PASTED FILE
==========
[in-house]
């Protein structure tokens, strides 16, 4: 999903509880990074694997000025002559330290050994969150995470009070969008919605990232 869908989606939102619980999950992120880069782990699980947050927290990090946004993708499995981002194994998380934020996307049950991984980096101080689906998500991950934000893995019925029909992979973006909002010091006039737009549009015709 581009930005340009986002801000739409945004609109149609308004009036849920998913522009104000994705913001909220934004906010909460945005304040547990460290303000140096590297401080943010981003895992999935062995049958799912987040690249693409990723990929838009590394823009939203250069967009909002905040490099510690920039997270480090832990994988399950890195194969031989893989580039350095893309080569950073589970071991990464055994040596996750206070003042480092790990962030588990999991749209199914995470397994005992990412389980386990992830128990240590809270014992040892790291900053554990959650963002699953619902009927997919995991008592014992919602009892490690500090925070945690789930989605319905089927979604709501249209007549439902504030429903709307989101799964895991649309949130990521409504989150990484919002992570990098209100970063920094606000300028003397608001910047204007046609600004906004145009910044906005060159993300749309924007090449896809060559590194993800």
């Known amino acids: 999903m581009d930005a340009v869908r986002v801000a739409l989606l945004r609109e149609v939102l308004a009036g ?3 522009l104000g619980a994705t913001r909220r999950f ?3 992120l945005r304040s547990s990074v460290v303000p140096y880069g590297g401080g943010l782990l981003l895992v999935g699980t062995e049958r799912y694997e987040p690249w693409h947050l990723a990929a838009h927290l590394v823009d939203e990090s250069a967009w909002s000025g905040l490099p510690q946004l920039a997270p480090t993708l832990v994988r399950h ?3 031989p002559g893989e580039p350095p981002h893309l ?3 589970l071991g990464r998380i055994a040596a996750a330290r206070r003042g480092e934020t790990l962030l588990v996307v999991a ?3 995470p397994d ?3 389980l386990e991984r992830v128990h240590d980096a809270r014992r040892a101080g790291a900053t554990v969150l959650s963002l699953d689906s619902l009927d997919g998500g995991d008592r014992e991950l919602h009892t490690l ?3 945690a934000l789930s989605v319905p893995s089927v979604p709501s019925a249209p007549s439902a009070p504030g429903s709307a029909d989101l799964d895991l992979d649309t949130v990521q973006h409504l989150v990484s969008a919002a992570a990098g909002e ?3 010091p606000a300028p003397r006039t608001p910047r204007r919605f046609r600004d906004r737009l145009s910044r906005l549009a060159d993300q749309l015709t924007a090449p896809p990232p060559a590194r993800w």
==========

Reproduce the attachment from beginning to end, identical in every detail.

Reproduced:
[in-house]
């Protein structure tokens, strides 16, 4: 999903509880990074694997000025002559330290050994969150995470009070969008919605990232 869908989606939102619980999950992120880069782990699980947050927290990090946004993708499995981002194994998380934020996307049950991984980096101080689906998500991950934000893995019925029909992979973006909002010091006039737009549009015709 581009930005340009986002801000739409945004609109149609308004009036849920998913522009104000994705913001909220934004906010909460945005304040547990460290303000140096590297401080943010981003895992999935062995049958799912987040690249693409990723990929838009590394823009939203250069967009909002905040490099510690920039997270480090832990994988399950890195194969031989893989580039350095893309080569950073589970071991990464055994040596996750206070003042480092790990962030588990999991749209199914995470397994005992990412389980386990992830128990240590809270014992040892790291900053554990959650963002699953619902009927997919995991008592014992919602009892490690500090925070945690789930989605319905089927979604709501249209007549439902504030429903709307989101799964895991649309949130990521409504989150990484919002992570990098209100970063920094606000300028003397608001910047204007046609600004906004145009910044906005060159993300749309924007090449896809060559590194993800």
């Known amino acids: 999903m581009d930005a340009v869908r986002v801000a739409l989606l945004r609109e149609v939102l308004a009036g ?3 522009l104000g619980a994705t913001r909220r999950f ?3 992120l945005r304040s547990s990074v460290v303000p140096y880069g590297g401080g943010l782990l981003l895992v999935g699980t062995e049958r799912y694997e987040p690249w693409h947050l990723a990929a838009h927290l590394v823009d939203e990090s250069a967009w909002s000025g905040l490099p510690q946004l920039a997270p480090t993708l832990v994988r399950h ?3 031989p002559g893989e580039p350095p981002h893309l ?3 589970l071991g990464r998380i055994a040596a996750a330290r206070r003042g480092e934020t790990l962030l588990v996307v999991a ?3 995470p397994d ?3 389980l386990e991984r992830v128990h240590d980096a809270r014992r040892a101080g790291a900053t554990v969150l959650s963002l699953d689906s619902l009927d997919g998500g995991d008592r014992e991950l919602h009892t490690l ?3 945690a934000l789930s989605v319905p893995s089927v979604p709501s019925a249209p007549s439902a009070p504030g429903s709307a029909d989101l799964d895991l992979d649309t949130v990521q973006h409504l989150v990484s969008a919002a992570a990098g909002e ?3 010091p606000a300028p003397r006039t608001p910047r204007r919605f046609r600004d906004r737009l145009s910044r906005l549009a060159d993300q749309l015709t924007a090449p896809p990232p060559a590194r993800w």